Fishing Tricos: Advice?

OK, I feel very motivated.

As I wrote yesterday, I hit the Farmington in time for the Trico spinner fall. With dozens of fish rising all around me, I just couldn’t buy a bite. Nothing worked, including floating an ant and a beetle. Two trips ago, I did well with a #28 black WD-40.

This time: nada.

Tricos are my “nemesis bugs.” A few years ago, I was fishing in Montana and had experienced the same thing. Fish everywhere except at the end of my line. Brutal.

So, I’ve done some research and have tied up some new flies:

  • Tiny black pheasant tails
  • An experimental emerger pattern: black thread, split micro-fibbet tails, black dubbing for a thorax, and a small bud of a wing (a less-elegant version of the RS2)
  • Ed Engle’s sunken Trico spinner (from his book, Tying Small Flies, which is great)

Any advice? This is really gnawing at me.


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6 thoughts on “Fishing Tricos: Advice?

  1. I was down the Farmington in the boneyard last week and spotted a couple groups of fish get started rising about 9am. I tried the caddis I had been fishing earlier, switched to an ant, then a baetis before I noticed the trico spinners in the air. The fish that I could see I had good drifts over didn't even look at my flies. First cast with a trico that I put on got me my best fish of the day and he put up a great fight. For the next half hour every time I put a good cast over a rising fish I at least got a solid follow and a half dozen fish landed. When the fish stopped rising it was back to fishing the sporadic risers with maybe one out of ten good drifts over fish getting them interested but they wouldn't hit the trico anymore. The fly I was using was about a 26 tied with short plastic film wings, black body and an undersized cream hackle, with two long cream fiber tails about three times the length of the shank. When you see the spinners flying in the air the super long tails are a striking feature and may be what the fish are keying in on. I believe/have been told that the duns on the farm hatch in the night or early morning in the dark so most of the hatch fishing is with the spinners. Tricos are a great hatch on some rivers, I haven't fished them much on the Farmington I guess because I'm usually fishing that river starting later in the day, the heat/low water got me on the water earlier last week. The hatch did seem to get a bunch of fish up and interested and certainly provided the best action for that day.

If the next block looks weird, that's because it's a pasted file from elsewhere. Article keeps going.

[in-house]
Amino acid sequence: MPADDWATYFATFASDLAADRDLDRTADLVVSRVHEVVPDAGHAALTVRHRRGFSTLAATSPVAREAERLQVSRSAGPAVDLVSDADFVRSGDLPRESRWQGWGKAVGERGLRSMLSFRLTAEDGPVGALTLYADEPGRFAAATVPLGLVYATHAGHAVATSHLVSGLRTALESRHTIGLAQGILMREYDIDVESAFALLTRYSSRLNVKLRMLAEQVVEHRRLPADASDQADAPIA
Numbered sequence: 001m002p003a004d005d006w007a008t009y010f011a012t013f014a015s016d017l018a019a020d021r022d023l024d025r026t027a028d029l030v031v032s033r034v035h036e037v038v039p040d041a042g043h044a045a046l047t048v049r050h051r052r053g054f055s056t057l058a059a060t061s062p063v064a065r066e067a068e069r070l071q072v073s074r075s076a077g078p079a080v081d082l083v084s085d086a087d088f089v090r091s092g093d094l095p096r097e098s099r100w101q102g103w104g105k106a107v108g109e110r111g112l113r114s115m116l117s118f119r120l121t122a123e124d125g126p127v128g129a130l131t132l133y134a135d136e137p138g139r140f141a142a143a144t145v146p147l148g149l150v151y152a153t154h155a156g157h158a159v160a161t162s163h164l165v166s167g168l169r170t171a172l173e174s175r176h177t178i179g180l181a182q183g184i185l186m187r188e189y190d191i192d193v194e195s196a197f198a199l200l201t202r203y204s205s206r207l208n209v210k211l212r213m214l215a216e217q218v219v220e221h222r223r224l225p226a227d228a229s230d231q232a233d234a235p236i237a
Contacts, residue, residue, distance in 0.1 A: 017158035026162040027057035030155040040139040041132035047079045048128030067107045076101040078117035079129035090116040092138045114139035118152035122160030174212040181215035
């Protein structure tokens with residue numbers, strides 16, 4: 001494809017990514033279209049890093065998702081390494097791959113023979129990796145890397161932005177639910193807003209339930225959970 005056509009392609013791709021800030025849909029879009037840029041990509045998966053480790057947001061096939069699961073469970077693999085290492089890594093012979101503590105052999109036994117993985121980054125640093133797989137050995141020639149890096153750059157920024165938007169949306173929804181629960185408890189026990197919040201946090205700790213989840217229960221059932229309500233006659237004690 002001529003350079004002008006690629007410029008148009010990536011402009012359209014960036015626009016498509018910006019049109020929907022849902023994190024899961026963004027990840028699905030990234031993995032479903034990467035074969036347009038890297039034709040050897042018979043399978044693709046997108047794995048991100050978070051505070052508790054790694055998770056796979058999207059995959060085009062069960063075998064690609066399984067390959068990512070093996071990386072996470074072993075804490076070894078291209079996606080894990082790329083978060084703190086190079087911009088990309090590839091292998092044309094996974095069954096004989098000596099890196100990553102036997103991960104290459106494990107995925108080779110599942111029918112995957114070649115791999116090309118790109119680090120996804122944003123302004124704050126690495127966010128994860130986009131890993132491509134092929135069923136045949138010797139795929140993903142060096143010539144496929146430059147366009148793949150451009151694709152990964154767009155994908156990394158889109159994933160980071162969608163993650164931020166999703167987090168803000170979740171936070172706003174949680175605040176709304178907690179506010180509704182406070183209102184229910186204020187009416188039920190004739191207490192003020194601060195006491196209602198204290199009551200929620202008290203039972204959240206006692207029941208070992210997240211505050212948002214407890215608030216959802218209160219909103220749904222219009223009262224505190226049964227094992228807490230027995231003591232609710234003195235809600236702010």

1. MW: Thanks for the insight on the hatch. I am going to try this hatch this week instead of my usual nymphing, as I have been frustrated trying to time and find the spinner fall. I am going to try some backwards tied spinners and use a long mono tag as one tail, and the leader as the other.

  2. With spinners the profile is very important, and because tricos here tend to fall on flat water (in my experience) a floating trico spinner is often most productive. They have very skinny tails. to micro fibettes the length of the hook are best. I lean towards a synthetic that becomes completely transparent in the water for the wings, and a black thread body. And I'd go a size lower than you think the naturals are. I'm sure you've got the rest down considering the size of flies you often fish!

  3. My experience with Tricos is also a bit frustrating. Because it's mainly the spinner fall an absolute dead drift is essential. Hard to do with such small flies. I also find that trout tend to sometimes concentrate on slurping down clumps of the tiny spinners making it difficult for your individual fly to stand out from the crowd. The Trico hatch has always been hit-or-miss for me but when it's going well it's a lot of fun.

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